All You Need to Know About Heartworm Disease

Most dog owners are familiar with administering a monthly medication to help prevent heartworm disease. This often comes in the form of a brown chewable, called Heartgard. Veterinarians frequently receive questions in regards to why this monthly chewable is required and why yearly blood testing is necessary if this treatment is vigilantly administered every month. We want to briefly outline the basics of heartworm disease, prevention, diagnosis and treatment.

What is heartworm disease?

Heartworm disease is transmitted by mosquitoes and dogs generally serve as the definitive hosts for the heartworm, Dirofilaria immitis. Cats can also be affected by heartworm disease, but more frequently serve as a limited source of infection for mosquitoes. The mosquitos carry a microfilaria (a neonatal larval stage) that transforms inside the mosquito’s body into different stages of larva. When the mosquito bites an animal it is then able to transmit these infected larva through their saliva. Development in the new host continues to molt or transform until it can travel through the animal’s tissues and eventually reach the heart, specifically the pulmonary arteries.

It has been reported that female heartworms can grow to be as large as 14 inches long; males, meanwhile, are generally shorter. These heartworms will continue to grow in size and can cause a severe blockage for normal blood flow, leading to severe health problems.


A monthly heartworm preventative is recommended year-around. These preventatives, such as Heartgard or Sentinel contain ivermectin and milbemycin oxime. The topical liquid formulations contain moxidectin and selamectin in products such as Revolution.

Preventive therapy in dogs is recommended beginning at 6–8 weeks of age and testing is not required at this age because it takes at least 6 to 7 months for the heartworm to be mature enough to be detected by an antigen test. If starting heartworm prevention after 7 months of age it is strongly recommended to perform an antigen test prior to administration of preventative medication.

Many pet owner’s wonder why their pet needs to be tested every year for heartworm disease if they are on prevention every single month. There are several reasons for this with the first being that product failure is a possibility, even though the preventatives are excellent. Second, there is always the chance that the preventative was accidentally not administered one month or was not swallowed by the pet (spit out or dropped in another location and not retrieved). Lastly, there is the possibility of a serious reaction if a heartworm positive dog is administered a preventative because of the rapid killing of microfilaria.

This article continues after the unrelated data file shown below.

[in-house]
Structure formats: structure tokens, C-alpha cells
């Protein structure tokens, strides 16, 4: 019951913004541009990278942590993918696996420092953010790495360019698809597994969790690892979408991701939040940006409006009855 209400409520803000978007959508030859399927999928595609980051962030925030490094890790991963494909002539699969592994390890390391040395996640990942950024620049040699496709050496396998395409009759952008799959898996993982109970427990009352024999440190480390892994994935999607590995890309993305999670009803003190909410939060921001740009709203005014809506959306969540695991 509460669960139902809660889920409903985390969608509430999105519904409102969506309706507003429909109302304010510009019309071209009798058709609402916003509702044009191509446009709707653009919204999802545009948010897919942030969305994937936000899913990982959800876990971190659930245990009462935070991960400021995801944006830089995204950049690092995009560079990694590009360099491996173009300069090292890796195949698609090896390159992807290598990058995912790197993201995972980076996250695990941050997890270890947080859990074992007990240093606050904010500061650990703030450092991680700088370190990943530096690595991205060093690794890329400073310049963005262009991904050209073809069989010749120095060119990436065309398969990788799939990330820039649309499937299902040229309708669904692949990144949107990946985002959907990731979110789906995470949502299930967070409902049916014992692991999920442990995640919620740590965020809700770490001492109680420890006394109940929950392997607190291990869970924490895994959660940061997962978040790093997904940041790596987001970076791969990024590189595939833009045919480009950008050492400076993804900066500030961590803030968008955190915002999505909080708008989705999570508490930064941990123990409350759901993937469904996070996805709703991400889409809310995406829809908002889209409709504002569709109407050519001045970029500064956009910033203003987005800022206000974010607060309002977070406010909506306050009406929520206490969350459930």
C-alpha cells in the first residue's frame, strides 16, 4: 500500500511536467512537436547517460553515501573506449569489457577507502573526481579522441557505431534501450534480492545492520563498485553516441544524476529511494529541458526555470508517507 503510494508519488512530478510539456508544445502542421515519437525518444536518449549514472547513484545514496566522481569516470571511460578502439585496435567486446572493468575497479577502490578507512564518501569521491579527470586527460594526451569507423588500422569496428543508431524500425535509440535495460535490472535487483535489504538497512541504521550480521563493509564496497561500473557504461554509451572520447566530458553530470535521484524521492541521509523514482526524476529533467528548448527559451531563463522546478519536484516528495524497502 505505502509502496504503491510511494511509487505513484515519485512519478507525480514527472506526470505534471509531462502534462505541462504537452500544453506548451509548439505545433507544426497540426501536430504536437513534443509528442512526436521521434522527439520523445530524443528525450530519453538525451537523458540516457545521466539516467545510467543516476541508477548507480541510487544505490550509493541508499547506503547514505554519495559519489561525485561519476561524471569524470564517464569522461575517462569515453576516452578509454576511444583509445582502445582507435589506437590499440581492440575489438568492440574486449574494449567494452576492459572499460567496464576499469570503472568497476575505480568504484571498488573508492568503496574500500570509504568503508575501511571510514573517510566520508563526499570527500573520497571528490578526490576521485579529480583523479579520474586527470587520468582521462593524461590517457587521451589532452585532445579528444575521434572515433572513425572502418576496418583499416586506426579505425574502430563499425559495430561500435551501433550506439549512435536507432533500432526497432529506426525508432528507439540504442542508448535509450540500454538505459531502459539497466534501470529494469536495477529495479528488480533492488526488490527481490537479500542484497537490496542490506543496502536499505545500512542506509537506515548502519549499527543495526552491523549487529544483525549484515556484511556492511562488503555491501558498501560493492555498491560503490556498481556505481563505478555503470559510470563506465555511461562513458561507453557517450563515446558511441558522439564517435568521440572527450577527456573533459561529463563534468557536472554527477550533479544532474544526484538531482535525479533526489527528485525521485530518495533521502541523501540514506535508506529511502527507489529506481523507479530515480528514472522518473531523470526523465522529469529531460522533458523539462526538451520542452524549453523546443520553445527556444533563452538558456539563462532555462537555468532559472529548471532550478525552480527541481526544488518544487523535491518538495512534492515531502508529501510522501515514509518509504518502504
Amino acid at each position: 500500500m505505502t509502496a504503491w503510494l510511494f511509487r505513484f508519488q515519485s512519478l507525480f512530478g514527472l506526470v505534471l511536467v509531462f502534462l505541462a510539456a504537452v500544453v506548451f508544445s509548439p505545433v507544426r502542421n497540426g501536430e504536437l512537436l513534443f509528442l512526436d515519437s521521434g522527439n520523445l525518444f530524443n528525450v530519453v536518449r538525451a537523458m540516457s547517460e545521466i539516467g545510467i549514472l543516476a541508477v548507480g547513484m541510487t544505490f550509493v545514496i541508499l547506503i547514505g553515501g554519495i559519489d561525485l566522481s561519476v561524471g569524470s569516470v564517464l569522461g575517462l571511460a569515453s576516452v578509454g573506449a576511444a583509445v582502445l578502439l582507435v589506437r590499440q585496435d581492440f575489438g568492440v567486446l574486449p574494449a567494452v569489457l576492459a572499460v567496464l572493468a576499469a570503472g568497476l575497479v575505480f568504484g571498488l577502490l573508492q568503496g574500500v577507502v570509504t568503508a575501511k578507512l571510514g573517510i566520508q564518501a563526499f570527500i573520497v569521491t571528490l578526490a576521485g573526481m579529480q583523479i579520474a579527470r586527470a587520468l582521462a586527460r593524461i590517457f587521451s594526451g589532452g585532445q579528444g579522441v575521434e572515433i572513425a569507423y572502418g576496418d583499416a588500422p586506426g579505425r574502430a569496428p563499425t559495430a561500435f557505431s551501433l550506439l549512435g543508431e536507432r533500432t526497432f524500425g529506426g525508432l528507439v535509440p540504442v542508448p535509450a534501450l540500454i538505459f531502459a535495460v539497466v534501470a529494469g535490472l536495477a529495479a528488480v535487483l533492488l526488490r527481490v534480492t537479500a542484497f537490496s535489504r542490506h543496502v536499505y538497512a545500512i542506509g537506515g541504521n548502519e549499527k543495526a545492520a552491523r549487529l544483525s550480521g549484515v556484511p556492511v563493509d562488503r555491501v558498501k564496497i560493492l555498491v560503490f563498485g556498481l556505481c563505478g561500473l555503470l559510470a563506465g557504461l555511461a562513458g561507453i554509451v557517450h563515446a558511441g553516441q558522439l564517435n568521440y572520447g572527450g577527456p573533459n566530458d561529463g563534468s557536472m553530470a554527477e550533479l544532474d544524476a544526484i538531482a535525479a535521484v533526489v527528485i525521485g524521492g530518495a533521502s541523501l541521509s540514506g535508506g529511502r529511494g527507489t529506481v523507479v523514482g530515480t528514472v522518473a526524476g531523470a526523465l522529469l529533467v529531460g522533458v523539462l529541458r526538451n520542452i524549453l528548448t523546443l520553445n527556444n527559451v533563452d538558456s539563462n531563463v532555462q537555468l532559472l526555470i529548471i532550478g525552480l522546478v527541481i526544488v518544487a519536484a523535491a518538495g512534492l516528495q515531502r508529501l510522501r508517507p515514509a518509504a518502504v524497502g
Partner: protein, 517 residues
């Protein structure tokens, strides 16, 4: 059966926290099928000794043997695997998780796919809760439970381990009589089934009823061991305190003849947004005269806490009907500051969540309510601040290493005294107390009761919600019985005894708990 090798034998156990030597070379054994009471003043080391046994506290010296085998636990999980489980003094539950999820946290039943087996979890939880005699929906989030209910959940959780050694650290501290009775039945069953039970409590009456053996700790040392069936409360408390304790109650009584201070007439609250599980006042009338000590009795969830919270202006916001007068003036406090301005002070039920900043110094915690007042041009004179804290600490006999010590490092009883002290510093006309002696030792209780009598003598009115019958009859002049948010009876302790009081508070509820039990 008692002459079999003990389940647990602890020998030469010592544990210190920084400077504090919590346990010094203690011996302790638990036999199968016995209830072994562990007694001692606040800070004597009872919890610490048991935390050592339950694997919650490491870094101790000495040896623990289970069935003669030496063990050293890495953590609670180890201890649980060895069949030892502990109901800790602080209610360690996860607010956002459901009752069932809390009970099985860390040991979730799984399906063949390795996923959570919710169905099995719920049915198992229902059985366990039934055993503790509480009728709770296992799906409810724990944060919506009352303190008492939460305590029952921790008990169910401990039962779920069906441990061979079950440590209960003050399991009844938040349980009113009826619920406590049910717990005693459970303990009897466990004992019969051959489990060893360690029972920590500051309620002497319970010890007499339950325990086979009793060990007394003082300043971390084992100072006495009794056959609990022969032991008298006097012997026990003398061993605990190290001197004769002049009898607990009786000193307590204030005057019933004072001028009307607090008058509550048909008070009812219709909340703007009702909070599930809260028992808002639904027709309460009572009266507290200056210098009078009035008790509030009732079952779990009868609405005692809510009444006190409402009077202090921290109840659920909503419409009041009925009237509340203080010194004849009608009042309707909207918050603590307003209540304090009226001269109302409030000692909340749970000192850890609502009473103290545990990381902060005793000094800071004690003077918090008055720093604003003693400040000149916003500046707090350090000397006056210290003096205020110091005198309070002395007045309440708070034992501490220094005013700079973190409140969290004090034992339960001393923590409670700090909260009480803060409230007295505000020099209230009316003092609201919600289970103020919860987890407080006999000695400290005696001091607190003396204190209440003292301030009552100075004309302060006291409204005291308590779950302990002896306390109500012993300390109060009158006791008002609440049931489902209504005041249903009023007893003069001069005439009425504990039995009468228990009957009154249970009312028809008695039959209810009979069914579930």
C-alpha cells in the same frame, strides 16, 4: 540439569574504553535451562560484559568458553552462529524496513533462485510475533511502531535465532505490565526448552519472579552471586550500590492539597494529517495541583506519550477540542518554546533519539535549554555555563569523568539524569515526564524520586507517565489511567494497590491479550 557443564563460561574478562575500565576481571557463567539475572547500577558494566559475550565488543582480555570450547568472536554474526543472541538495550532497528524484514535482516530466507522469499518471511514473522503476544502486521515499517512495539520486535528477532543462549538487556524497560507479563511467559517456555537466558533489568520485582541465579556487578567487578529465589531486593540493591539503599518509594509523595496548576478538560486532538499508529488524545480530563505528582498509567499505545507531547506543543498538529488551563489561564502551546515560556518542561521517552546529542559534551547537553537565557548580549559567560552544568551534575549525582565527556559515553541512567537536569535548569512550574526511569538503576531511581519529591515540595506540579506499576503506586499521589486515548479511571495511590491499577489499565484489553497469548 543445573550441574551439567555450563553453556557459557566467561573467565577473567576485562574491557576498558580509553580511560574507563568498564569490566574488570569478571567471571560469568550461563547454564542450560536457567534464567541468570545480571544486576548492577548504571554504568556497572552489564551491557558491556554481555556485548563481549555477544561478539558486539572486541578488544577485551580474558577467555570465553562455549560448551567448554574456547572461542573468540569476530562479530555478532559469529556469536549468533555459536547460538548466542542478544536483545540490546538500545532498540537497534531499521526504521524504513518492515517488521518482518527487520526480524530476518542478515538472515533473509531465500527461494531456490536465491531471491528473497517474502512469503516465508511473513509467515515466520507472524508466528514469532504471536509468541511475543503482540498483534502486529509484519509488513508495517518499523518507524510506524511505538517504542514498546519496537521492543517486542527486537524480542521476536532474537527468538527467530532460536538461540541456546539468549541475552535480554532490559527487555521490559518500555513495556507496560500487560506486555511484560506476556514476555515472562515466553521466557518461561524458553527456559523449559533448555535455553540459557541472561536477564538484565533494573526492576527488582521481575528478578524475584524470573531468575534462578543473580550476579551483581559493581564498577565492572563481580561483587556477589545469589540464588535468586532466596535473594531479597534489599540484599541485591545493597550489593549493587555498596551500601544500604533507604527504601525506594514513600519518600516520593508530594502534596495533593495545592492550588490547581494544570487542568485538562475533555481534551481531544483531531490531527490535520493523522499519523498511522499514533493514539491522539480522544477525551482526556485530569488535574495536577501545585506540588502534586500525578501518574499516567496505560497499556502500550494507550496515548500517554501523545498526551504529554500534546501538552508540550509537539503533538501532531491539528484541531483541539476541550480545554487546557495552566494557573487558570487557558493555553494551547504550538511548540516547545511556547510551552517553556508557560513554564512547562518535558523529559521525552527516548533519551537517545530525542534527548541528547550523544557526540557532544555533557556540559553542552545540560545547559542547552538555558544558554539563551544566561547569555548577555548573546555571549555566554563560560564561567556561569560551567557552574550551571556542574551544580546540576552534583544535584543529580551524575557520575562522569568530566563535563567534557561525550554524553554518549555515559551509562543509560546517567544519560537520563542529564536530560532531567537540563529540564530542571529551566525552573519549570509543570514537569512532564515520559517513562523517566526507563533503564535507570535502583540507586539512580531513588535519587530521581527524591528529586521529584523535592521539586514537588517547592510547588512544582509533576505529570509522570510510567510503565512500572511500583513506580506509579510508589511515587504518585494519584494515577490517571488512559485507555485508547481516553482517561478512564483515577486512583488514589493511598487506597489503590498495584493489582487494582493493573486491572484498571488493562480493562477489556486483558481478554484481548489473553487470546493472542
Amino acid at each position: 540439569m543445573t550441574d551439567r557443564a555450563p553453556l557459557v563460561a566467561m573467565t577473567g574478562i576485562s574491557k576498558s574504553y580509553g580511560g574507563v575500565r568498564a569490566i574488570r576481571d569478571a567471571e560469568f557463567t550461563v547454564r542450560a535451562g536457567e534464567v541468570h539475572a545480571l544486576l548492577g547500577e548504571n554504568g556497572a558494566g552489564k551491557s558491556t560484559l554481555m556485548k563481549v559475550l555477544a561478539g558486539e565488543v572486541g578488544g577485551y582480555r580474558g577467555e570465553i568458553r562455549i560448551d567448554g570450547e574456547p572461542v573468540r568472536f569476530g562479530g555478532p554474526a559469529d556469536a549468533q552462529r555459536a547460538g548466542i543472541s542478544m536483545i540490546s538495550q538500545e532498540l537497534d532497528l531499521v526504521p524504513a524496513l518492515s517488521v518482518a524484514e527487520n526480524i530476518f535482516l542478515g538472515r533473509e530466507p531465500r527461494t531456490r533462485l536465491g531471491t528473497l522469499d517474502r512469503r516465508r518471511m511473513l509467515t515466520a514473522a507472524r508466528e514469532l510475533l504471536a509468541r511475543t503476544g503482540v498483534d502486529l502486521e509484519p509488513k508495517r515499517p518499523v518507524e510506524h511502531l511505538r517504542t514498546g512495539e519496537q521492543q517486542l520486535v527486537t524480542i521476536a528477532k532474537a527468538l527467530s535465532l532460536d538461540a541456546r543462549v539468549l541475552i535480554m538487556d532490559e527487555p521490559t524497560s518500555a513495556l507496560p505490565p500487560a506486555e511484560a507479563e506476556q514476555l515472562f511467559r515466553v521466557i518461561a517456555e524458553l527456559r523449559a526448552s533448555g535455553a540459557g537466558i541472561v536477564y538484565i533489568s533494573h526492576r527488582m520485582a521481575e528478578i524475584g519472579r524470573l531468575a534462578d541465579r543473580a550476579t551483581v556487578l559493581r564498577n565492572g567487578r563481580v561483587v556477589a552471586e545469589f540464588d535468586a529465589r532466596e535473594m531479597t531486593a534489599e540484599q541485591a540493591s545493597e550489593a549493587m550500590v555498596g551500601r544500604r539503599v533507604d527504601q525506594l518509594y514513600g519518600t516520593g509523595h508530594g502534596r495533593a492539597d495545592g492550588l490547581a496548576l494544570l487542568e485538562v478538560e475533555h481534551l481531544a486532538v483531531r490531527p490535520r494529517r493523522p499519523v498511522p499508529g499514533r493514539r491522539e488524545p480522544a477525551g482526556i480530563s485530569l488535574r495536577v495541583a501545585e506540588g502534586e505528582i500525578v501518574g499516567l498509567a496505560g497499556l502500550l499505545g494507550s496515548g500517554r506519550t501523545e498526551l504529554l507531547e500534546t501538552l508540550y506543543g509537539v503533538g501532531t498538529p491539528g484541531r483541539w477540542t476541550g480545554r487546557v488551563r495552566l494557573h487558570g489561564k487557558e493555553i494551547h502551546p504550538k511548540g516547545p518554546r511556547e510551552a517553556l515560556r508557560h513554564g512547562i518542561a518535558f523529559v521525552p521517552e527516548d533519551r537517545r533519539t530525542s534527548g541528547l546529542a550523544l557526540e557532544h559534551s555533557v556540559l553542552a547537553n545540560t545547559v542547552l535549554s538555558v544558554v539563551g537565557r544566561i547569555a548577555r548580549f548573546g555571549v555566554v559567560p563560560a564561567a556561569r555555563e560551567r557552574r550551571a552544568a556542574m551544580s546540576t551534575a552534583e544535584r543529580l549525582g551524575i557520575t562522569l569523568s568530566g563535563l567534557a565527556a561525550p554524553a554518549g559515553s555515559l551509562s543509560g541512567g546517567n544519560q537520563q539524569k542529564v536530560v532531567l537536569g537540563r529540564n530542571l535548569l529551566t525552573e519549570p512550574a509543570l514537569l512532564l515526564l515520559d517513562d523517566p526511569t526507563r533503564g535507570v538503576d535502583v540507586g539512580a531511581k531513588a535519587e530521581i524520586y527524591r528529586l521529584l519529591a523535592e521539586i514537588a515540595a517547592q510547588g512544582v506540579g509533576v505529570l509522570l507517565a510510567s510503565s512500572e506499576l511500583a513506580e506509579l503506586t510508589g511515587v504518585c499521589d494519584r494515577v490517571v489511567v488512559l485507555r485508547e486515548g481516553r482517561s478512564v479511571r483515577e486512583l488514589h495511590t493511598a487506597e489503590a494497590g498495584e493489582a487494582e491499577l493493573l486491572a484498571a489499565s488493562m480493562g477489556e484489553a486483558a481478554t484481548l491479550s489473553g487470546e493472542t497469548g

The majority of diagnoses for heartworm disease are made by a heartworm antigen test, which detects a protein that is secreted mainly by the adult female heartworm. The American Heartworm Society states that the tests are nearly 100% specific but subtle differences in sensitivity exist especially in cases with low worm burdens. There are also tests present that screen for microfilaria or immature heartworm.


The only treatment approved by the FDA for heartworm treatment is Melarsomine dihydrochloride (immiticide). The recommended treatment that is endorsed by the Heartworm Society is a three shot protocol, which consists of one intramuscular injection followed a month later by two separate intramuscular injections 24 hours apart. The most essential component following treatment with immiticide is exercise restriction. This is to prevent migration of dying worm components that can migrate to the pulmonary arteries or specific areas of the lungs leading to risk of thromboembolism and potential right-sided heart failure. Immiticide therapy is recommended to be frequently accompanied with Prednisone and Doxycycline. Prednisone is a steroid that is used at an anti-inflammatory dose to help control clinical signs of irritation in the pulmonary arteries. Doxycycline in an antibiotic utilized to help reduce Wolbachia bacteria that are present with heartworm disease.

Presently, there is no satisfactory treatment approach to heartworm infections in cats. Infection often is lethal, and a safe and effective immiticide protocol has not yet been developed. Therefore, cats should be administered preventatives in areas known for having high incidences of heartworm disease.

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